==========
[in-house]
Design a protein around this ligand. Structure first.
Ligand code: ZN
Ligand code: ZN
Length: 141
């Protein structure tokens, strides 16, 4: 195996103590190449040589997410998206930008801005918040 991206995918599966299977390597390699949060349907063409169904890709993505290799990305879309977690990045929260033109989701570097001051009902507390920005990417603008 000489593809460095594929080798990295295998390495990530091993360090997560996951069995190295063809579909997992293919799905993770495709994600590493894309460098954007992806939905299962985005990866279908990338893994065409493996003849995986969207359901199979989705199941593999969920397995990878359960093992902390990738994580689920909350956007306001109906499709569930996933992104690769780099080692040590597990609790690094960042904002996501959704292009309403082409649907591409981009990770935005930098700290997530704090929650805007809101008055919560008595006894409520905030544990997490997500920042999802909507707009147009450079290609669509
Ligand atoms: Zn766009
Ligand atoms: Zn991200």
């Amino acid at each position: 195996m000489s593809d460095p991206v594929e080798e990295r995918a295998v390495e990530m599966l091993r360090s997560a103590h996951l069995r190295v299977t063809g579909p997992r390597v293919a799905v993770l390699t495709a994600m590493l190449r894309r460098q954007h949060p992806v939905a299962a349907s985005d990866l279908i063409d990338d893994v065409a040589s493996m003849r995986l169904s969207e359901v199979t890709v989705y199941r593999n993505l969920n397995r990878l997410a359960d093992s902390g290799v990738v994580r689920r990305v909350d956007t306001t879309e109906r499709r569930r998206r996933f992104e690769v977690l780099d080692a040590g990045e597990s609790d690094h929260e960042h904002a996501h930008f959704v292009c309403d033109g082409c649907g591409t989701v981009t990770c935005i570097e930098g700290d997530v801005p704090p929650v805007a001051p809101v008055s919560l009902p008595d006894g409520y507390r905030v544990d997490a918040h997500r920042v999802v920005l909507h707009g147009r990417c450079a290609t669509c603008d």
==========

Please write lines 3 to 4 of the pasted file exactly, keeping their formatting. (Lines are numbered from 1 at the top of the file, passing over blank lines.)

Ligand code: ZN
Ligand code: ZN